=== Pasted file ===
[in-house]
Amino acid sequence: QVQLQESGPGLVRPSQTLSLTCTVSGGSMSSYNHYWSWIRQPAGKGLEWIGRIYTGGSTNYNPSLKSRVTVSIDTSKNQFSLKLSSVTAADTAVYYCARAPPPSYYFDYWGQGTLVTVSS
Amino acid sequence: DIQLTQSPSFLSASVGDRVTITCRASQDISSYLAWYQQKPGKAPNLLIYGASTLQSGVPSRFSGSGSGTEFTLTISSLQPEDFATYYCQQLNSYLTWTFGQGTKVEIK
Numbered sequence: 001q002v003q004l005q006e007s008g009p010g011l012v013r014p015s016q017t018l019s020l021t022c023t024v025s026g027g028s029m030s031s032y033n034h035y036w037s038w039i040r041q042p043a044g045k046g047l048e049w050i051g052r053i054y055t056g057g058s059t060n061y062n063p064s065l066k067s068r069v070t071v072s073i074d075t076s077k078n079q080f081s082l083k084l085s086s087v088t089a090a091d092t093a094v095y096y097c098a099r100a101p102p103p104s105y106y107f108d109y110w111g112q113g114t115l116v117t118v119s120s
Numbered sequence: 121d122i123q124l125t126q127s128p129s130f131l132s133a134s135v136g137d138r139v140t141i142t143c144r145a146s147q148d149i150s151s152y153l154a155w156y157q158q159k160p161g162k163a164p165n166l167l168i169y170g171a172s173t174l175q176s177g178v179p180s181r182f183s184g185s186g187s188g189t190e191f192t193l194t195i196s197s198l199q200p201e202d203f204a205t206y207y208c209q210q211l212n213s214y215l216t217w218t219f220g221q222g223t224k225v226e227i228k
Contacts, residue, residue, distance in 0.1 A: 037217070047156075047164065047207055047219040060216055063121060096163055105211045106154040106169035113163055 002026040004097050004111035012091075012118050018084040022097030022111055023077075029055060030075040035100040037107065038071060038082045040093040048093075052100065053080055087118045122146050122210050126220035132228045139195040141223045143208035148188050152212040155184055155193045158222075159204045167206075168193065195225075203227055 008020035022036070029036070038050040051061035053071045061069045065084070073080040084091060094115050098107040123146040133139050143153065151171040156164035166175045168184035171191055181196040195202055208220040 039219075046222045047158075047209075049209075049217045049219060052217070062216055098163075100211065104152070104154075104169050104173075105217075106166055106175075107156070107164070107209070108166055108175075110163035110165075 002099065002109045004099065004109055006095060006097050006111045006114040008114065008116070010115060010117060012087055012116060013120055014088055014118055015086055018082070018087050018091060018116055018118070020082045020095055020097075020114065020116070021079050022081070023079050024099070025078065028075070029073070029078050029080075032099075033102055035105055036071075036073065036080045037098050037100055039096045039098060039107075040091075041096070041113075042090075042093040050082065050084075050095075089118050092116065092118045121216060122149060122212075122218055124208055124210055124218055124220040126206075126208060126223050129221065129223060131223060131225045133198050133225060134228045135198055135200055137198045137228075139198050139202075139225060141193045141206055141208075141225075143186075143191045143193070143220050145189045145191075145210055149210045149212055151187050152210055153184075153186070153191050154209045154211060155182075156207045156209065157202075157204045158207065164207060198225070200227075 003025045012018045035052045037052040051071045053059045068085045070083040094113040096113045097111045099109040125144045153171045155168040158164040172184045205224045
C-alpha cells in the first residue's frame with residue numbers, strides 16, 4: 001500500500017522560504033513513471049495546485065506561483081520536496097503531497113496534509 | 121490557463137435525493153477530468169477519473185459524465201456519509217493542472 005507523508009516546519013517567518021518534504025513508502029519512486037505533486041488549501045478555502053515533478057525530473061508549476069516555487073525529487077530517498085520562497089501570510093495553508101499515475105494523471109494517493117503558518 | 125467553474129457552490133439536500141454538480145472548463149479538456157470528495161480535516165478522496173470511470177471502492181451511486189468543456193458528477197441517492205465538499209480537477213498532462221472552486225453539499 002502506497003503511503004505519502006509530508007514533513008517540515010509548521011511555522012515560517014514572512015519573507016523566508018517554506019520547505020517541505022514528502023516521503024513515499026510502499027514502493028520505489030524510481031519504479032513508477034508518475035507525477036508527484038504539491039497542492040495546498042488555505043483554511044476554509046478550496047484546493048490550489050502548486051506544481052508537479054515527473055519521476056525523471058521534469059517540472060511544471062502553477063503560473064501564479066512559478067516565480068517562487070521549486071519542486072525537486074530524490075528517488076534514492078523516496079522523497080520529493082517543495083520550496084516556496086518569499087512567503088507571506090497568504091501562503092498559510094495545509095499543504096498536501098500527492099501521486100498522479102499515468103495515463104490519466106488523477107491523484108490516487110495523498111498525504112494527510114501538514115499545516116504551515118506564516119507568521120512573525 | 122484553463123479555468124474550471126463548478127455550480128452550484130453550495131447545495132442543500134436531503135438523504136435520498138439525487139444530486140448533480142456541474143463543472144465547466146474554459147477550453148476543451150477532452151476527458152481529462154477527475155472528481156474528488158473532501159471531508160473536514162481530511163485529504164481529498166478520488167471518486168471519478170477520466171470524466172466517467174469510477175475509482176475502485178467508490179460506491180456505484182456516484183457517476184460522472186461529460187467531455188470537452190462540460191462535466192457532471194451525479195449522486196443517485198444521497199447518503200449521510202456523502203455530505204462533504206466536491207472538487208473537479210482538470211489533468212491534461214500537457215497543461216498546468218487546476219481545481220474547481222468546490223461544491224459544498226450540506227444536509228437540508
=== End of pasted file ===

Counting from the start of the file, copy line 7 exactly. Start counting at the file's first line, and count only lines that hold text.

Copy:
C-alpha cells in the first residue's frame with residue numbers, strides 16, 4: 001500500500017522560504033513513471049495546485065506561483081520536496097503531497113496534509 | 121490557463137435525493153477530468169477519473185459524465201456519509217493542472 005507523508009516546519013517567518021518534504025513508502029519512486037505533486041488549501045478555502053515533478057525530473061508549476069516555487073525529487077530517498085520562497089501570510093495553508101499515475105494523471109494517493117503558518 | 125467553474129457552490133439536500141454538480145472548463149479538456157470528495161480535516165478522496173470511470177471502492181451511486189468543456193458528477197441517492205465538499209480537477213498532462221472552486225453539499 002502506497003503511503004505519502006509530508007514533513008517540515010509548521011511555522012515560517014514572512015519573507016523566508018517554506019520547505020517541505022514528502023516521503024513515499026510502499027514502493028520505489030524510481031519504479032513508477034508518475035507525477036508527484038504539491039497542492040495546498042488555505043483554511044476554509046478550496047484546493048490550489050502548486051506544481052508537479054515527473055519521476056525523471058521534469059517540472060511544471062502553477063503560473064501564479066512559478067516565480068517562487070521549486071519542486072525537486074530524490075528517488076534514492078523516496079522523497080520529493082517543495083520550496084516556496086518569499087512567503088507571506090497568504091501562503092498559510094495545509095499543504096498536501098500527492099501521486100498522479102499515468103495515463104490519466106488523477107491523484108490516487110495523498111498525504112494527510114501538514115499545516116504551515118506564516119507568521120512573525 | 122484553463123479555468124474550471126463548478127455550480128452550484130453550495131447545495132442543500134436531503135438523504136435520498138439525487139444530486140448533480142456541474143463543472144465547466146474554459147477550453148476543451150477532452151476527458152481529462154477527475155472528481156474528488158473532501159471531508160473536514162481530511163485529504164481529498166478520488167471518486168471519478170477520466171470524466172466517467174469510477175475509482176475502485178467508490179460506491180456505484182456516484183457517476184460522472186461529460187467531455188470537452190462540460191462535466192457532471194451525479195449522486196443517485198444521497199447518503200449521510202456523502203455530505204462533504206466536491207472538487208473537479210482538470211489533468212491534461214500537457215497543461216498546468218487546476219481545481220474547481222468546490223461544491224459544498226450540506227444536509228437540508